Sunday, March 18, 2012

Back In The Day

There's a really fabulous article that I keep running across about the California Jam concert in 1974.  

My favorite part is where the interviewee states that a typical arena rig is 6000 watts.  That's about what I used to take out on bar gigs.  Even with multiple arena systems combined they were still only pushing a fraction of the quarter million watts that it's common to see in arenas now days.  Not to mention that the biggest outdoor fests can approach a million watts!

I also read some print articles years ago and can't remember where but they were a fantastic glimpse into the audio of the past.  I think they were written by the guy who used to mix FOH for Aerosmith in the early 70's.  He described a custom built 16 channel mixer that was the biggest on tour at the time. 

As I move my own mobile system from a van and trailer full of "racks and stacks" toward smaller self-powered boxes and compact digital mixers the scope of the transformation is truly amazing to me.  The fact that every time I go out to the local bar for some band I'm able to give them the kind of service that only the big boys could have years ago.  In fact a lot of the stuff I do they couldn't even dream about.

In just the last few years digital has finally taken off, and the level of technical expertise involved in teching even a modest sized show is truly staggering.  The question I have is this: how does it compare to where the industry was in decades past.  In an age where not just digital mixing but things like computational analysis are becoming more widely available, is the tech really that advanced.  Read that article I linked to and put yourself in the shoes of some small fry sound guy back then.  It must have seemed like rocket science.  How does that compare to today when everybody and their uncle can buy a digi and get Smaart on their iPad?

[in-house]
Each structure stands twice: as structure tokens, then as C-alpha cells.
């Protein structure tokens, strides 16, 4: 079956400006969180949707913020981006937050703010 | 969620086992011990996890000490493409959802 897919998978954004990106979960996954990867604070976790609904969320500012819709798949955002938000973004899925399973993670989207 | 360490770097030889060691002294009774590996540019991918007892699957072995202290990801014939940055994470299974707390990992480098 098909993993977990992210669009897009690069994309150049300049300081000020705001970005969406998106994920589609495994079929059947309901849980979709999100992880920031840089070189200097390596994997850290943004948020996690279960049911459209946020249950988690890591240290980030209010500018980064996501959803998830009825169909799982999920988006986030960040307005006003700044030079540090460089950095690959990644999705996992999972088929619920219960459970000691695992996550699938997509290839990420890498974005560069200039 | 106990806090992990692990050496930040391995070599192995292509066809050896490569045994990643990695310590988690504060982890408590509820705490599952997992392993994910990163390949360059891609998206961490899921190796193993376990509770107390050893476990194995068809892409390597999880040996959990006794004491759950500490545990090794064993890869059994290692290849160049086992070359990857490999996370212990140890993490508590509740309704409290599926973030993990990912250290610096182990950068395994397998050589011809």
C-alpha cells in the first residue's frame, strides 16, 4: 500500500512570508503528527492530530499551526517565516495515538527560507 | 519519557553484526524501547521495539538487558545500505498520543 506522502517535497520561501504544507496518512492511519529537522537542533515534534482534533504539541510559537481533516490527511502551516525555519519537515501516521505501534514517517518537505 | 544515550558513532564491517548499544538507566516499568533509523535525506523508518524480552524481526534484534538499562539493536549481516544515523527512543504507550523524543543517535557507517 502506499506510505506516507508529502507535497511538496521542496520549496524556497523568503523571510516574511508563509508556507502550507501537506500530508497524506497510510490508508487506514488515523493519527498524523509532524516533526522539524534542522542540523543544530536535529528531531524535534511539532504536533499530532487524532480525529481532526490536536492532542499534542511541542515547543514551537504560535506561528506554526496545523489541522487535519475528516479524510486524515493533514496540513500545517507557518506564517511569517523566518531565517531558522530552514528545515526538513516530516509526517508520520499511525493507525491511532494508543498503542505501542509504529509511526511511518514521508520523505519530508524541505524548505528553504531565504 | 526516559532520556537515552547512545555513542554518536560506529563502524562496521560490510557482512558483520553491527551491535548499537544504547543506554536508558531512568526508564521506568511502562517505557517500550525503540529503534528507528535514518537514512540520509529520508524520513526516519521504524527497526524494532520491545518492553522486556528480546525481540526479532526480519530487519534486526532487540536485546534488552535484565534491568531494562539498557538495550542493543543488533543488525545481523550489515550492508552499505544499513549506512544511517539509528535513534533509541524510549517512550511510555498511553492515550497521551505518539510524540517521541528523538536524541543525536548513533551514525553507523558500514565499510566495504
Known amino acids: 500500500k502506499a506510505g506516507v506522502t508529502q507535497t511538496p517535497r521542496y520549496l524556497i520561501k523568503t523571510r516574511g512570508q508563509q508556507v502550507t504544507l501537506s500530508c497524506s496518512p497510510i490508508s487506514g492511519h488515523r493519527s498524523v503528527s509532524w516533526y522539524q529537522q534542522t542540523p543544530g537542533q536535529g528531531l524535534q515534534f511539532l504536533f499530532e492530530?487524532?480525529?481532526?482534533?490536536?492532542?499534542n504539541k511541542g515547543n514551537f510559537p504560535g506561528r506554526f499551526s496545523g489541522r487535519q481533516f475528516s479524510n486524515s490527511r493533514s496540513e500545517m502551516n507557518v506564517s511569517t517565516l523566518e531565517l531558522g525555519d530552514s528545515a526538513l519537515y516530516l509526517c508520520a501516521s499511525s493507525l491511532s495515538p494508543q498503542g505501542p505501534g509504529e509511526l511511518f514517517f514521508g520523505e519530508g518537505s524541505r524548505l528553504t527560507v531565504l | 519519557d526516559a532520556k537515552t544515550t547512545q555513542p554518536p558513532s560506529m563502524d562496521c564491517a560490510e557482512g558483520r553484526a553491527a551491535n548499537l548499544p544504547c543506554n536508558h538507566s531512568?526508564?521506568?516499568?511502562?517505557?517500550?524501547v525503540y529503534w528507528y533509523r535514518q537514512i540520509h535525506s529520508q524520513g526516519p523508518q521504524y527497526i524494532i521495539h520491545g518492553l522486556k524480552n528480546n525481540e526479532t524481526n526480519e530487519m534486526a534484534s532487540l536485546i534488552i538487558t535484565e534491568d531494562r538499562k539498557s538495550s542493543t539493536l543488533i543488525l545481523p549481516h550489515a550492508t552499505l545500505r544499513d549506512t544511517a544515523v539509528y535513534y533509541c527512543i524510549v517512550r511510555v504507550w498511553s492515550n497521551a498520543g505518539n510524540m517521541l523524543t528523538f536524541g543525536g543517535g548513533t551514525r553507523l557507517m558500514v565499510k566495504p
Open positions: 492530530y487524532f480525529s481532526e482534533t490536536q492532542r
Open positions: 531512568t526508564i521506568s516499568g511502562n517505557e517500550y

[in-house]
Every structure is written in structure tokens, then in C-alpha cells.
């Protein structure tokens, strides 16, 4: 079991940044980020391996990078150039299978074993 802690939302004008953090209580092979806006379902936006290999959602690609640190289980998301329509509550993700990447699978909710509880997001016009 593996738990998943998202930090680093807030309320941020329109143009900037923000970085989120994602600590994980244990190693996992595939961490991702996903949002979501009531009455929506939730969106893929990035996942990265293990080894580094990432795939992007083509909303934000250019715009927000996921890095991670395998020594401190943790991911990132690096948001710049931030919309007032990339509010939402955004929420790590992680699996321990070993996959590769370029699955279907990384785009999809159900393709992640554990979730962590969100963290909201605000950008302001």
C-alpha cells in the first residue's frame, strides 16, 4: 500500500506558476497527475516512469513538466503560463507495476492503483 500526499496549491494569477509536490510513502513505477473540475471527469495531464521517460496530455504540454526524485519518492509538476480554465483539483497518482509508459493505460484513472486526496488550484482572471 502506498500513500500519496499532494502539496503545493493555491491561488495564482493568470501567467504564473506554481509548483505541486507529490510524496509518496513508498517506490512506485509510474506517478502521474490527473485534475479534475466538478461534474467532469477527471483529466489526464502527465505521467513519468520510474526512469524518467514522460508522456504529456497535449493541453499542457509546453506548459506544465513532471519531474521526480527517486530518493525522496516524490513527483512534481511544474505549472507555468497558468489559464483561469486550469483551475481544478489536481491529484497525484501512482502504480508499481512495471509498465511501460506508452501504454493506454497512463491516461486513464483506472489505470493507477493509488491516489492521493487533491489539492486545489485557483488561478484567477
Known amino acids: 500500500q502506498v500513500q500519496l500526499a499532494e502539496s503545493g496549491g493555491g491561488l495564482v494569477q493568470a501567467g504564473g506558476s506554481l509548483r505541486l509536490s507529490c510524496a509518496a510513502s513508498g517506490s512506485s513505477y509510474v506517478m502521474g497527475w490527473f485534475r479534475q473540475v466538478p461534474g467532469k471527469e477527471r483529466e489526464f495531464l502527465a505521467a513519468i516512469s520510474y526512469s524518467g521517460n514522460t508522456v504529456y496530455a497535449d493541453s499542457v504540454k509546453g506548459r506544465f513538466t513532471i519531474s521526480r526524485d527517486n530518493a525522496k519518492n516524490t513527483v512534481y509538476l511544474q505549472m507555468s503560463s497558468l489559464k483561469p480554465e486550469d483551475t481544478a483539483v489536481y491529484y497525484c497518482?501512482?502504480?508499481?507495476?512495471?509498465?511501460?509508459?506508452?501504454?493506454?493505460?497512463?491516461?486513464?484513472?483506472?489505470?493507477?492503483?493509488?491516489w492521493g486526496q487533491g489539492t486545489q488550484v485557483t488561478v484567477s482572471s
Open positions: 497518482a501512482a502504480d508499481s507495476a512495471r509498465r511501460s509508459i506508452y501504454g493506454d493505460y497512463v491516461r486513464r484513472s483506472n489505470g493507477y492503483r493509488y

It just got me to wondering about the state of the industry and where it's going.  Karl Maciag wrote in a guest post a while ago about being worried about the availability of better and better gear to the masses making the true audio professional irrelevant.  Somehow I don't think there will ever be a lack of need for people who can blend the science of the gear with the art of the music.  Just because you can buy a digi and mix on your mini line array from your iPhone doesn't mean that you should.

Hit the comment section and out with the details from days of yore.  Got links to articles of historic importance? Post em!  We'd also love to hear how your own experiences have changed over the course of your career.

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